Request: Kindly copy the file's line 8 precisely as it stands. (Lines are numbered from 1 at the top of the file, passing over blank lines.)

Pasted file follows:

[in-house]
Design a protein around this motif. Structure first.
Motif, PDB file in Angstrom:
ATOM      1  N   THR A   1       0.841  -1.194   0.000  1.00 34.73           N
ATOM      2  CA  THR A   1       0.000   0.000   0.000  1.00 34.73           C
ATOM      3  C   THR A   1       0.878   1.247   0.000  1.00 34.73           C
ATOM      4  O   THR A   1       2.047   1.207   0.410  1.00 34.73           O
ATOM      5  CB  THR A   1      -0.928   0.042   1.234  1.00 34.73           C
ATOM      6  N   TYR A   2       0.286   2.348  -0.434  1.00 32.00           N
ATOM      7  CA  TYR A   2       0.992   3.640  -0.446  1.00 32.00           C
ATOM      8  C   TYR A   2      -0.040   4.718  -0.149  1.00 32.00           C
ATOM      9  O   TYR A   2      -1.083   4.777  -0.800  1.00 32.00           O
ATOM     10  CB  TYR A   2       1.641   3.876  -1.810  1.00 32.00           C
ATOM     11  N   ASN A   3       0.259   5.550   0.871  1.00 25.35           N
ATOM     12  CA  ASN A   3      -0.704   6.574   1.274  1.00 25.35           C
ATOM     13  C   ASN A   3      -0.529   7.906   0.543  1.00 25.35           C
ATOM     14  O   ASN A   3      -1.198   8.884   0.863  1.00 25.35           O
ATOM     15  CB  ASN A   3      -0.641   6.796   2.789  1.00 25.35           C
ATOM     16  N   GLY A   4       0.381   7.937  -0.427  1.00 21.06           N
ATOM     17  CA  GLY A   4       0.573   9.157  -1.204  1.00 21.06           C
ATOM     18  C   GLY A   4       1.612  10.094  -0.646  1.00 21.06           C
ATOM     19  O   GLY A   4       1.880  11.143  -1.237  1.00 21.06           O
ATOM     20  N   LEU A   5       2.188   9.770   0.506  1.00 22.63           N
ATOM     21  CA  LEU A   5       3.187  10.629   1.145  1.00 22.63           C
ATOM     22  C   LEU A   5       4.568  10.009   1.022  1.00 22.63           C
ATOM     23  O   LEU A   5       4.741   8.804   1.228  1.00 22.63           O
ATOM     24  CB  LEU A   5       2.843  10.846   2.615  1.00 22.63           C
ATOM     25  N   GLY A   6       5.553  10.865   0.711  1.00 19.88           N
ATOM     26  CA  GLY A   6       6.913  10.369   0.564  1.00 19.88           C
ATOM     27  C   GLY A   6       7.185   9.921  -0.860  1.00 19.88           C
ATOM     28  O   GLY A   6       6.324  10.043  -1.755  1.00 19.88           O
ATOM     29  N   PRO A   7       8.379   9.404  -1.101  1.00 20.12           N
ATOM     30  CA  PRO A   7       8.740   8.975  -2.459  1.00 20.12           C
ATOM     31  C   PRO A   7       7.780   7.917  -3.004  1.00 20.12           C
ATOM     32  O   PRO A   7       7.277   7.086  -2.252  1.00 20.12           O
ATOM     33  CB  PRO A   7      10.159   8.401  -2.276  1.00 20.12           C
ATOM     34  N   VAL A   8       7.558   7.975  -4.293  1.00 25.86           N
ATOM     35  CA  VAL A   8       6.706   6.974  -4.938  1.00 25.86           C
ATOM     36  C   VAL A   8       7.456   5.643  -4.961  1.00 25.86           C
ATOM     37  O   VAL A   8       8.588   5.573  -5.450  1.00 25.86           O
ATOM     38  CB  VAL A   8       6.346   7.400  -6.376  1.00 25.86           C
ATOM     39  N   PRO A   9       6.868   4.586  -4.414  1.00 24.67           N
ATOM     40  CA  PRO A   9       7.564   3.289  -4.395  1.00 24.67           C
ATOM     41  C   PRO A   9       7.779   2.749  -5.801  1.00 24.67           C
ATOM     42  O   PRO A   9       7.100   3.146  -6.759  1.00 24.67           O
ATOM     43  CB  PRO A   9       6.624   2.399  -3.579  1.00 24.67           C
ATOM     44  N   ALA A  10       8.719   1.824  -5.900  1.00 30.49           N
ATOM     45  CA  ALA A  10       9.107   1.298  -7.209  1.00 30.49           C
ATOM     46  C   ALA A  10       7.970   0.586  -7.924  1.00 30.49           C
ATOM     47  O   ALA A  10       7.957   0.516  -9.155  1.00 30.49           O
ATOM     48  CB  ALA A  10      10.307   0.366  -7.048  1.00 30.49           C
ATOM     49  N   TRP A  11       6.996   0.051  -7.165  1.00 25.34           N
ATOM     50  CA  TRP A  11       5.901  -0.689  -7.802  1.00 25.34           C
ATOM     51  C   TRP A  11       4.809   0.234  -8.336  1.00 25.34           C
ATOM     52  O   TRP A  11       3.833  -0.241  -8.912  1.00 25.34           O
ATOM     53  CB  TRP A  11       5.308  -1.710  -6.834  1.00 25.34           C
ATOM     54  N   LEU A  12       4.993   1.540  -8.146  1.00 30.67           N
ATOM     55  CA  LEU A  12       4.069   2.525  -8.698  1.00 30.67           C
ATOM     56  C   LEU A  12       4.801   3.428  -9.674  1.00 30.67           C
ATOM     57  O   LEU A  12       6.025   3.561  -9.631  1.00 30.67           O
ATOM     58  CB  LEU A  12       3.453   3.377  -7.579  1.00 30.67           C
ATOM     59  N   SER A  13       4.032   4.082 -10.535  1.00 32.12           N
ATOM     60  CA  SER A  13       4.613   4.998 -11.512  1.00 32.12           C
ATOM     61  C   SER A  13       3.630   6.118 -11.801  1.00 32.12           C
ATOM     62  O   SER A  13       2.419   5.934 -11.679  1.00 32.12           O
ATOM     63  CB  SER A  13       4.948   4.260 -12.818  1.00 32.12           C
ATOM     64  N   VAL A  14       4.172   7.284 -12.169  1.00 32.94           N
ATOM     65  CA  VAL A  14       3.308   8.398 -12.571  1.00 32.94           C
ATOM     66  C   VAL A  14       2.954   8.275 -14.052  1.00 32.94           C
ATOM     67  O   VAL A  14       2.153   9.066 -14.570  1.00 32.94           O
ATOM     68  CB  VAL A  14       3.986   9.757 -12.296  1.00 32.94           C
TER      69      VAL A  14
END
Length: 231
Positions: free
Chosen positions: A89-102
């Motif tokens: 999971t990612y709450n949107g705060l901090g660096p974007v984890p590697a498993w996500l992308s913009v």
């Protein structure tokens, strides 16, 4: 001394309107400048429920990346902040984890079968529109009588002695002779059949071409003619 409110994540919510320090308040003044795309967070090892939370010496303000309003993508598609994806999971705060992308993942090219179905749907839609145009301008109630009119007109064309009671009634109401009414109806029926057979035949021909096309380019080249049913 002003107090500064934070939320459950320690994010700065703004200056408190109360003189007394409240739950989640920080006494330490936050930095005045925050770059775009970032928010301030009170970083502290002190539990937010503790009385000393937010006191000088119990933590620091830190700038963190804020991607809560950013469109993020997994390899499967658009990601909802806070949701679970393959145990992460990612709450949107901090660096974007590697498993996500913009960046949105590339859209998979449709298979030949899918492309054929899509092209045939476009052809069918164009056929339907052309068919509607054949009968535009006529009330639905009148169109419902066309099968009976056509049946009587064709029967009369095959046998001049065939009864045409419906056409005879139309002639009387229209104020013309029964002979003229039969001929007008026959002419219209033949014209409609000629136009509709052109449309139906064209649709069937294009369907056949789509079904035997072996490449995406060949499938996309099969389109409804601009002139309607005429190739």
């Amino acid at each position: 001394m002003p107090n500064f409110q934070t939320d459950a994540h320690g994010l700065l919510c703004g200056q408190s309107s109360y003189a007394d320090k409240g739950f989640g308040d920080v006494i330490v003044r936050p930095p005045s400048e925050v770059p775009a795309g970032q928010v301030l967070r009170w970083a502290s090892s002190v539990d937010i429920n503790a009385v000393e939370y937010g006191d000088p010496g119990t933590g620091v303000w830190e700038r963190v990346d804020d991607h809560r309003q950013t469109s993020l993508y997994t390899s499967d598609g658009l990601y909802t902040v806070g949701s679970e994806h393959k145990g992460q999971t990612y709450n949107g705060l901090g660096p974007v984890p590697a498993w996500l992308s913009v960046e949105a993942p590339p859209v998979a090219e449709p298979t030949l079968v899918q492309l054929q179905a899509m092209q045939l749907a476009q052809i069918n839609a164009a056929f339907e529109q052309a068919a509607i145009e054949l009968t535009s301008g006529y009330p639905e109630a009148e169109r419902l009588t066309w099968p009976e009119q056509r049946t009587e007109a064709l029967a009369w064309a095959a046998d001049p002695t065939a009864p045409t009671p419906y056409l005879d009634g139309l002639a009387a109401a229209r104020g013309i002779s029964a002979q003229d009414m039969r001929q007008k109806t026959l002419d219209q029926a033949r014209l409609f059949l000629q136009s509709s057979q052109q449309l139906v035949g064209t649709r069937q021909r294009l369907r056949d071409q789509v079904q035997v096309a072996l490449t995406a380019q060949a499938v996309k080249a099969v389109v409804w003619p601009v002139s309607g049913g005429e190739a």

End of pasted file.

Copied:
ATOM      5  CB  THR A   1      -0.928   0.042   1.234  1.00 34.73           C